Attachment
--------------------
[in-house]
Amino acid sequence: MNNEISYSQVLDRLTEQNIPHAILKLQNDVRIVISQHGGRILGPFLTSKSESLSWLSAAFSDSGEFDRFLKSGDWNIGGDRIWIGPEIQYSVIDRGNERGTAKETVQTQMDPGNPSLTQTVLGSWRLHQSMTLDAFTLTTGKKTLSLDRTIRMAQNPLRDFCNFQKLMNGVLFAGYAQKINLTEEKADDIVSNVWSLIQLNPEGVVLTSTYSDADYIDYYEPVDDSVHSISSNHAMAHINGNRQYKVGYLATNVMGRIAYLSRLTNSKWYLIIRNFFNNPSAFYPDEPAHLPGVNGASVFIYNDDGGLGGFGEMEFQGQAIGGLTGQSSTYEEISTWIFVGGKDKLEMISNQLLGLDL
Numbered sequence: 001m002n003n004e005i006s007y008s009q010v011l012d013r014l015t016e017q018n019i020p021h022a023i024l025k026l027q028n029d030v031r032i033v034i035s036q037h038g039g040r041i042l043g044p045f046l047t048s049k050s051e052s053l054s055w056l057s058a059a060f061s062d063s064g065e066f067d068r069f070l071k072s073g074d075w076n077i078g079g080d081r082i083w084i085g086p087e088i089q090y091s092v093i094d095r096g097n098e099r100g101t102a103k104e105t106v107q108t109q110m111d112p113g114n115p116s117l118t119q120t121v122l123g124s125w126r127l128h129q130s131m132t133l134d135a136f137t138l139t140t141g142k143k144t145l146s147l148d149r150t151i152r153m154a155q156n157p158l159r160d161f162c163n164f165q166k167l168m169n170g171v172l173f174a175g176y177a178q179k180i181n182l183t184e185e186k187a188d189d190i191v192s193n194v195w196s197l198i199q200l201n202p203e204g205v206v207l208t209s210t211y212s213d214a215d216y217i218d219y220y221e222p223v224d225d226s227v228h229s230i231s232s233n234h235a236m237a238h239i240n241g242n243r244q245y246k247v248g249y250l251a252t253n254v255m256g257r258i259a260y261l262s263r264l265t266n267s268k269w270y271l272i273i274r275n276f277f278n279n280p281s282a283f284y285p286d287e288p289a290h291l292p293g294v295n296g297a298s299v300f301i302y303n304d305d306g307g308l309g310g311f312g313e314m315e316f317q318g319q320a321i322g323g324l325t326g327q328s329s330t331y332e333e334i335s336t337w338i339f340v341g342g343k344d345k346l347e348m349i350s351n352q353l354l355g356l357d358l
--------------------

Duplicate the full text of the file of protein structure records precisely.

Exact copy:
[in-house]
Amino acid sequence: MNNEISYSQVLDRLTEQNIPHAILKLQNDVRIVISQHGGRILGPFLTSKSESLSWLSAAFSDSGEFDRFLKSGDWNIGGDRIWIGPEIQYSVIDRGNERGTAKETVQTQMDPGNPSLTQTVLGSWRLHQSMTLDAFTLTTGKKTLSLDRTIRMAQNPLRDFCNFQKLMNGVLFAGYAQKINLTEEKADDIVSNVWSLIQLNPEGVVLTSTYSDADYIDYYEPVDDSVHSISSNHAMAHINGNRQYKVGYLATNVMGRIAYLSRLTNSKWYLIIRNFFNNPSAFYPDEPAHLPGVNGASVFIYNDDGGLGGFGEMEFQGQAIGGLTGQSSTYEEISTWIFVGGKDKLEMISNQLLGLDL
Numbered sequence: 001m002n003n004e005i006s007y008s009q010v011l012d013r014l015t016e017q018n019i020p021h022a023i024l025k026l027q028n029d030v031r032i033v034i035s036q037h038g039g040r041i042l043g044p045f046l047t048s049k050s051e052s053l054s055w056l057s058a059a060f061s062d063s064g065e066f067d068r069f070l071k072s073g074d075w076n077i078g079g080d081r082i083w084i085g086p087e088i089q090y091s092v093i094d095r096g097n098e099r100g101t102a103k104e105t106v107q108t109q110m111d112p113g114n115p116s117l118t119q120t121v122l123g124s125w126r127l128h129q130s131m132t133l134d135a136f137t138l139t140t141g142k143k144t145l146s147l148d149r150t151i152r153m154a155q156n157p158l159r160d161f162c163n164f165q166k167l168m169n170g171v172l173f174a175g176y177a178q179k180i181n182l183t184e185e186k187a188d189d190i191v192s193n194v195w196s197l198i199q200l201n202p203e204g205v206v207l208t209s210t211y212s213d214a215d216y217i218d219y220y221e222p223v224d225d226s227v228h229s230i231s232s233n234h235a236m237a238h239i240n241g242n243r244q245y246k247v248g249y250l251a252t253n254v255m256g257r258i259a260y261l262s263r264l265t266n267s268k269w270y271l272i273i274r275n276f277f278n279n280p281s282a283f284y285p286d287e288p289a290h291l292p293g294v295n296g297a298s299v300f301i302y303n304d305d306g307g308l309g310g311f312g313e314m315e316f317q318g319q320a321i322g323g324l325t326g327q328s329s330t331y332e333e334i335s336t337w338i339f340v341g342g343k344d345k346l347e348m349i350s351n352q353l354l355g356l357d358l